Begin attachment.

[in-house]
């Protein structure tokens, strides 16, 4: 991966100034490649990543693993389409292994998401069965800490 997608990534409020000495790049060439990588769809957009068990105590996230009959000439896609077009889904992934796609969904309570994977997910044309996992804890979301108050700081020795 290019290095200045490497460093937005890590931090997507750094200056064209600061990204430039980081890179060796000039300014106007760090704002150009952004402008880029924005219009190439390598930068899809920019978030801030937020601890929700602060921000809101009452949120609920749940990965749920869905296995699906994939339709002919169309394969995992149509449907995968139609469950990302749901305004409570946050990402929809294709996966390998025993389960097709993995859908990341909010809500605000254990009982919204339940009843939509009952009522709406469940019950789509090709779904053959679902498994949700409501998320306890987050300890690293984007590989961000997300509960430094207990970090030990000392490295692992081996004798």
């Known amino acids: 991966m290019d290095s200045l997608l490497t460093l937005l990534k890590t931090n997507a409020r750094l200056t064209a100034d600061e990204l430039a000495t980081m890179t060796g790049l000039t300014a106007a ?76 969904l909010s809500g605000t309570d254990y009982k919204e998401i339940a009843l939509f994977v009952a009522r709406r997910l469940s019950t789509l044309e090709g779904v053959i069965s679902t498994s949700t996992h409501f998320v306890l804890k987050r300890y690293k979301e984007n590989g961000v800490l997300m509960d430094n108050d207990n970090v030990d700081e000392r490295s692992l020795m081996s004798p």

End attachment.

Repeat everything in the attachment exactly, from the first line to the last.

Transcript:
[in-house]
């Protein structure tokens, strides 16, 4: 991966100034490649990543693993389409292994998401069965800490 997608990534409020000495790049060439990588769809957009068990105590996230009959000439896609077009889904992934796609969904309570994977997910044309996992804890979301108050700081020795 290019290095200045490497460093937005890590931090997507750094200056064209600061990204430039980081890179060796000039300014106007760090704002150009952004402008880029924005219009190439390598930068899809920019978030801030937020601890929700602060921000809101009452949120609920749940990965749920869905296995699906994939339709002919169309394969995992149509449907995968139609469950990302749901305004409570946050990402929809294709996966390998025993389960097709993995859908990341909010809500605000254990009982919204339940009843939509009952009522709406469940019950789509090709779904053959679902498994949700409501998320306890987050300890690293984007590989961000997300509960430094207990970090030990000392490295692992081996004798």
């Known amino acids: 991966m290019d290095s200045l997608l490497t460093l937005l990534k890590t931090n997507a409020r750094l200056t064209a100034d600061e990204l430039a000495t980081m890179t060796g790049l000039t300014a106007a ?76 969904l909010s809500g605000t309570d254990y009982k919204e998401i339940a009843l939509f994977v009952a009522r709406r997910l469940s019950t789509l044309e090709g779904v053959i069965s679902t498994s949700t996992h409501f998320v306890l804890k987050r300890y690293k979301e984007n590989g961000v800490l997300m509960d430094n108050d207990n970090v030990d700081e000392r490295s692992l020795m081996s004798p």